Army science adviser improving field life, one toilet at a time
July 7, 2005
John Johnson used to spend his days with his head in the clouds, or at least his mind on the stars. His work concentrated on 3C273, a starlike object, the brightest one in the skies, whose diameter Johnson mapped via its patterns of light and dark.
Then he came to work for the U.S. Army in Heidelberg, Germany. Johnson, a physicist, gained a nickname, “Doc.” And his work changed, from the abstract and celestial to the concrete and decidedly more earthy.
Instead of thinking about 3C273, he focused on projects such as the WC-16. That’s a toilet.
But it’s not just any toilet. The WC-16 features a stainless steel commode, a vacuum-assisted flush, an automatic emptying cycle and an incinerator that turns human waste into fine ash, which needs cleaning out only twice a year. The prototype, which cost $4,500, had its debut in January at Kosovo’s Camp Bondsteel.
It worked for three weeks. But when the temperature fell below freezing, the system froze, the burner overheated and the processing chamber cracked.
“It just wasn’t rugged enough,” lamented Johnson, chief science adviser for U.S. Army Europe since 2003, V Corps science adviser from 1999-2003, and for 20 years before that, a research physicist at the U.S. Army Aviation and Missile Command.
For the past six years Johnson has worked as one of 18 Army science advisers, scientists who go out into the field to see what technologies troops need and get it to them fast. With his budget of about $80,000 a year, he’s helped get V Corps command tents, replacing less deployable command trailers; worked on solar generators for USAREUR; loaned his expertise in surveillance equipment at Campbell Barracks and installed a big, flat computer monitor in a Humvee to help ease the eyestrain of GIs in the field.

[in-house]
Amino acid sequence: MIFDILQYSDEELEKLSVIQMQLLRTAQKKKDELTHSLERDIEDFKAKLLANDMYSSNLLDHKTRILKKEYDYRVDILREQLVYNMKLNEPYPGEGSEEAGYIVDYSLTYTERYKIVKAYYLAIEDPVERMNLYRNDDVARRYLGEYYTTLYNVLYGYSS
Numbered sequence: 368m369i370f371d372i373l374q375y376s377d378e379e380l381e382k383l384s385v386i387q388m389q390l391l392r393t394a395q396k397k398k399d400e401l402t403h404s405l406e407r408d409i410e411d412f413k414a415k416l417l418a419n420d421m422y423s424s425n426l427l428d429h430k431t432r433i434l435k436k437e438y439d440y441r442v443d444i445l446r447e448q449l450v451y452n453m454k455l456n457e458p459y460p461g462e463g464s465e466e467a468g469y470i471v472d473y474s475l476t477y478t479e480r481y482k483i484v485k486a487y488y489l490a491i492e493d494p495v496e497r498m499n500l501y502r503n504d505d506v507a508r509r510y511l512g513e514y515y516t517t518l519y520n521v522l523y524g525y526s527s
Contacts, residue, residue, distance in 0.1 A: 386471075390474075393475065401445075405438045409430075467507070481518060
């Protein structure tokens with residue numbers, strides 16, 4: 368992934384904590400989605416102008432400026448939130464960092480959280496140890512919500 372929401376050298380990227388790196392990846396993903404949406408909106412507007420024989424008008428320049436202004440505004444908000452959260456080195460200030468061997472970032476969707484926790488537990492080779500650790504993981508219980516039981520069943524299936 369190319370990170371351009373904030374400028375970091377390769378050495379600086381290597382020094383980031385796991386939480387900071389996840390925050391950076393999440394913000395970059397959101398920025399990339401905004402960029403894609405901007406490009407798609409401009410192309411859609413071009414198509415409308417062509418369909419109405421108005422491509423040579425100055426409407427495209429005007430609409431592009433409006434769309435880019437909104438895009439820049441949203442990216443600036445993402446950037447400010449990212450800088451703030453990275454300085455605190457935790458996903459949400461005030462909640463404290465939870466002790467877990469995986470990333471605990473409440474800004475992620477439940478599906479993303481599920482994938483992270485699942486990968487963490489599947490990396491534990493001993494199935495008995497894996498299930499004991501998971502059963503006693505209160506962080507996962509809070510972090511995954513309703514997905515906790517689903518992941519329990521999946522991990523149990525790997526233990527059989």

Sometimes, field commanders come to him with a specific request to find something or make something work better. Sometimes, he finds something and goes to them to see if they want to try it out.
It’s a far cry from what he used to do, researching abstract concepts for years with little to show for it but written reports.
“This is really specific stuff,” Johnson said. “This is a toilet. This is a (portable) office building. This is a solar cell. It’s real.”
But that’s not the only reason Johnson has loved his tenure as science adviser.
He’s deployed many times to the field, to the Balkans and Iraq and said he’s come to value the company of soldiers and finds it rewarding to try to improve their lives.
“These people have honor and integrity,” Johnson said. “It motivates me to do more.”
Johnson, tall, pale, balding and 64, looked even more like an academic until he came to Heidelberg and was informed that his beard would be no problem under his gas mask as long as he smeared it with Vaseline.
“I went home and shaved it that night,” he said.
In September, he’ll return with his family to the Army’s Aviation and Missile Research, Development and Engineering Center at Redstone Arsenal, Ala.
His years as science adviser had made a big impact on him.
“It changed my whole research perspective,” he said. “This time, I’ll make sure I have some kind of hardware for the soldier. They don’t need reports.”
Colleague: ‘Nothing was too crazy for ‘Doc’’
Despite the problems with the WC-16, the high-tech portable toilet being developed by U.S. Army Europe science adviser John Johnson, a colleague says Johnson’s work in Europe will be lasting.
“I’ve never met a guy that was smarter than him. Nothing was too crazy for ‘Doc,’ and when I say crazy, I mean outside of the box,” said James Lee, an environmental protection specialist with USAREUR’s Office of the Deputy Chief of Staff Engineers.
The WC-16 didn’t immediately work. But other projects — Johnson does about six a year — have been more successful. The waste oil blender, requested from the 18th Engineer Brigade, was supposed to drain dirty oil from military vehicles, clean and filter it, then blend it with JP-8 fuel from the tank and return it to the tank. That would mean oil changes could be done anywhere, with the device plugging into the vehicle. Johnson bought two of them and put them to the test.
They worked perfectly, Johnson’s report said.
One of Johnson’s most promising projects uses photovoltaic generators and solar panels that could someday significantly cut fuel costs — up to $30 a gallon on deployment.
One of these units — tested, “field-ruggedized,” and ready — will be shipped to the 18th Engineer Brigade in Afghanistan.
And the WC-16 may yet have its place in the sun. The toilet is undergoing repairs and upgrades and will roll out again at the end of the summer, this time to Grafenwöhr, Germany.
— Nancy Montgomery